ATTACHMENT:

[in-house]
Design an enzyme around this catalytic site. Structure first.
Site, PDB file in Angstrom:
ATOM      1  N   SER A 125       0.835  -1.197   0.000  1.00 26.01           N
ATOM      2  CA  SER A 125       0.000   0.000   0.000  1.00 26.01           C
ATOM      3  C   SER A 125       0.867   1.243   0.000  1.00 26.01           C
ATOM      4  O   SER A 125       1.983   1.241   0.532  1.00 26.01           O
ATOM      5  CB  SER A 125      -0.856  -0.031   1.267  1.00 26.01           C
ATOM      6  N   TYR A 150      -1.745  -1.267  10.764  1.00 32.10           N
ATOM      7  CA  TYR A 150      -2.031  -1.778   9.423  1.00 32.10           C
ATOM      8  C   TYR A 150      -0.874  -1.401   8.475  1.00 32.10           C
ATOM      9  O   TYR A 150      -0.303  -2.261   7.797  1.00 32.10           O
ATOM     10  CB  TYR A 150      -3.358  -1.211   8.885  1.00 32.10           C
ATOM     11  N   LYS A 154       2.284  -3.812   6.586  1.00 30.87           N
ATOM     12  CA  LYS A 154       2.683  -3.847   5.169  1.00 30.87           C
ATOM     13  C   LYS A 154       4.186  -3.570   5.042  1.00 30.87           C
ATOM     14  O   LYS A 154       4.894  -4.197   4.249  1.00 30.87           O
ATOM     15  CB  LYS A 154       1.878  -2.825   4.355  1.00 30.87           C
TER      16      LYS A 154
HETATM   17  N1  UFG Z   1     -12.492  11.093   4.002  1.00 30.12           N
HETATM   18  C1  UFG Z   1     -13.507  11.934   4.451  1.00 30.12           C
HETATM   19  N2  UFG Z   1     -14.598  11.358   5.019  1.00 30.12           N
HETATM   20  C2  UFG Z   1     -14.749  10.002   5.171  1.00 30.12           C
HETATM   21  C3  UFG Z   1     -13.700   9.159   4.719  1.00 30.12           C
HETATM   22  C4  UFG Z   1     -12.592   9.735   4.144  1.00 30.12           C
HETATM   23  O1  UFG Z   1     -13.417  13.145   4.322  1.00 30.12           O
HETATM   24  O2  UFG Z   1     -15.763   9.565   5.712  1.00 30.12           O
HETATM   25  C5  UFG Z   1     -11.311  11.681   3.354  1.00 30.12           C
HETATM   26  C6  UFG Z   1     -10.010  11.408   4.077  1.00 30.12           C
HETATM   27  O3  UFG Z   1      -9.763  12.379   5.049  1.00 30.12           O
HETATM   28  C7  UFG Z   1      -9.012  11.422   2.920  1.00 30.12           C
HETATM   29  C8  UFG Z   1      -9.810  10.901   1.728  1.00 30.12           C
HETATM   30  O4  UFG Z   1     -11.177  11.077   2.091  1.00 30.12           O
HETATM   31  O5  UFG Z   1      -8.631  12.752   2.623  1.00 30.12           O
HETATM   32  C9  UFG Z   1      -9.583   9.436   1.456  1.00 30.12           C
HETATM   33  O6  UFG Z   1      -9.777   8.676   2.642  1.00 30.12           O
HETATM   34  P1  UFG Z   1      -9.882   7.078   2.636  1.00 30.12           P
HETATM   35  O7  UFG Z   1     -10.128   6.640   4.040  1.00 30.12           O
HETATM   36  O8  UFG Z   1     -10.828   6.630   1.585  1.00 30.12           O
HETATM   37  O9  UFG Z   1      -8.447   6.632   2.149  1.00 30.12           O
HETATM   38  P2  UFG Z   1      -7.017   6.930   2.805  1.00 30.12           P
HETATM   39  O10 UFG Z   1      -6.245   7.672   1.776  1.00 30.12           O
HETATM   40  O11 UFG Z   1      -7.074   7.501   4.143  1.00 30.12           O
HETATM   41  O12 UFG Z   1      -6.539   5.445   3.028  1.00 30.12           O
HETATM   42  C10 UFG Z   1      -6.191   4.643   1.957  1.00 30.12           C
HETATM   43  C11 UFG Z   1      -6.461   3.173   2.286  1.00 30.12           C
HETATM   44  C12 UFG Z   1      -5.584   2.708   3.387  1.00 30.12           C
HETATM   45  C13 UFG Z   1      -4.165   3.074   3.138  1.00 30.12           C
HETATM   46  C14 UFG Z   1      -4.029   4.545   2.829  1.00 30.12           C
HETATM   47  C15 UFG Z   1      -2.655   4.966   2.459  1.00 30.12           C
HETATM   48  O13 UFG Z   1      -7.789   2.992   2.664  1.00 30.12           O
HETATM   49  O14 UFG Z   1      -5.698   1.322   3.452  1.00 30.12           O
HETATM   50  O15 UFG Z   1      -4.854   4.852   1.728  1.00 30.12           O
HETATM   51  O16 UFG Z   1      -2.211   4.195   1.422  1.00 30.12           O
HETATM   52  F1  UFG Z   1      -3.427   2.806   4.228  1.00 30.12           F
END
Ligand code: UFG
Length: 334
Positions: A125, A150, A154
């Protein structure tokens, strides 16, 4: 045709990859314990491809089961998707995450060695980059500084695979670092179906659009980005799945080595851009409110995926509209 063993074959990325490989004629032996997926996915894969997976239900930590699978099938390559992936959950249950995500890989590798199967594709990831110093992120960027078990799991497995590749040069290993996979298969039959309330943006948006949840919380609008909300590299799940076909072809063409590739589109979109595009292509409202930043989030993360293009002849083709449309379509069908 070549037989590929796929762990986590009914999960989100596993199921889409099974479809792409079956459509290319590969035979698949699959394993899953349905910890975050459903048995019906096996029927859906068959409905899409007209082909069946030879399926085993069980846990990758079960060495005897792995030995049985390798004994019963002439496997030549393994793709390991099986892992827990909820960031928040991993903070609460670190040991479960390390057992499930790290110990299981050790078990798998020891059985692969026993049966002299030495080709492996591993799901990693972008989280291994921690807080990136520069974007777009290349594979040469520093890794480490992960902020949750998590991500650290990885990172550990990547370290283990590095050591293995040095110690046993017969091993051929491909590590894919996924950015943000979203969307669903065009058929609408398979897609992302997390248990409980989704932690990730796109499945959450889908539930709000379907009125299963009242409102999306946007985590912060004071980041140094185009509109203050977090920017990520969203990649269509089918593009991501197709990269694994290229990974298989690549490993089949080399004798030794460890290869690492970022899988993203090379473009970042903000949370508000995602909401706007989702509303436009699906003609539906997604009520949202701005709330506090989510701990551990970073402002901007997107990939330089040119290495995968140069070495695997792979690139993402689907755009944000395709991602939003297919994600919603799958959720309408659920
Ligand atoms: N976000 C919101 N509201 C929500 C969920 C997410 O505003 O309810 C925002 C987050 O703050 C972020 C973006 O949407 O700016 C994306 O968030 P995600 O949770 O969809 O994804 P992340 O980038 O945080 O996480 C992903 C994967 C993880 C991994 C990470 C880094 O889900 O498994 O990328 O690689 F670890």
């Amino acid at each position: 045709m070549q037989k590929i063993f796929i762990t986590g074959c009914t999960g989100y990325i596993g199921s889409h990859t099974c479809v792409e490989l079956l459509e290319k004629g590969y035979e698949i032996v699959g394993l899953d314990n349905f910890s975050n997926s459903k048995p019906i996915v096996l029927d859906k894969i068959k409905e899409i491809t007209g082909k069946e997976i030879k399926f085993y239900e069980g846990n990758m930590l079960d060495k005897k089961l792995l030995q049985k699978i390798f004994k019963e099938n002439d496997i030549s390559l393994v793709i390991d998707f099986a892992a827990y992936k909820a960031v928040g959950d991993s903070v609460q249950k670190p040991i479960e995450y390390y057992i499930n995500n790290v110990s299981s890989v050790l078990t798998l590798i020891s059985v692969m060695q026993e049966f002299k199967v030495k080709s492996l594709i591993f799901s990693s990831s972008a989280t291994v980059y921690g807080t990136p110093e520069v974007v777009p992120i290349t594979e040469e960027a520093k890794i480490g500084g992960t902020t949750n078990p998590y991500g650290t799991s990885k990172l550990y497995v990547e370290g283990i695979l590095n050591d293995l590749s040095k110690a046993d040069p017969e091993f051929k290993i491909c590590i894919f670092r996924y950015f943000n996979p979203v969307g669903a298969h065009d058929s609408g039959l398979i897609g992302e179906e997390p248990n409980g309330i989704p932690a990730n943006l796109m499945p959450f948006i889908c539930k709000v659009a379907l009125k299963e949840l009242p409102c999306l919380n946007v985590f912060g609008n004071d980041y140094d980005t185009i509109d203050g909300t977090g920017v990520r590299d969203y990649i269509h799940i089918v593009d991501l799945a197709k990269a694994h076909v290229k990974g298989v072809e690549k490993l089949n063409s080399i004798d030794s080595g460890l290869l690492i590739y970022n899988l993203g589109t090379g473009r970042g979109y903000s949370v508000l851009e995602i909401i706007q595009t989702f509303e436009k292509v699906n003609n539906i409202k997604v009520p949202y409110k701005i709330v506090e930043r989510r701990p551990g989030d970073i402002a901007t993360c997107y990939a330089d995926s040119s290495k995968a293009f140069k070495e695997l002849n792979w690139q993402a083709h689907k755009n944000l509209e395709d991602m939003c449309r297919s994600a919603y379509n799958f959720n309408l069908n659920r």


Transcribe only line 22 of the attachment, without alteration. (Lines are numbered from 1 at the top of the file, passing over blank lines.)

HETATM   19  N2  UFG Z   1     -14.598  11.358   5.019  1.00 30.12           N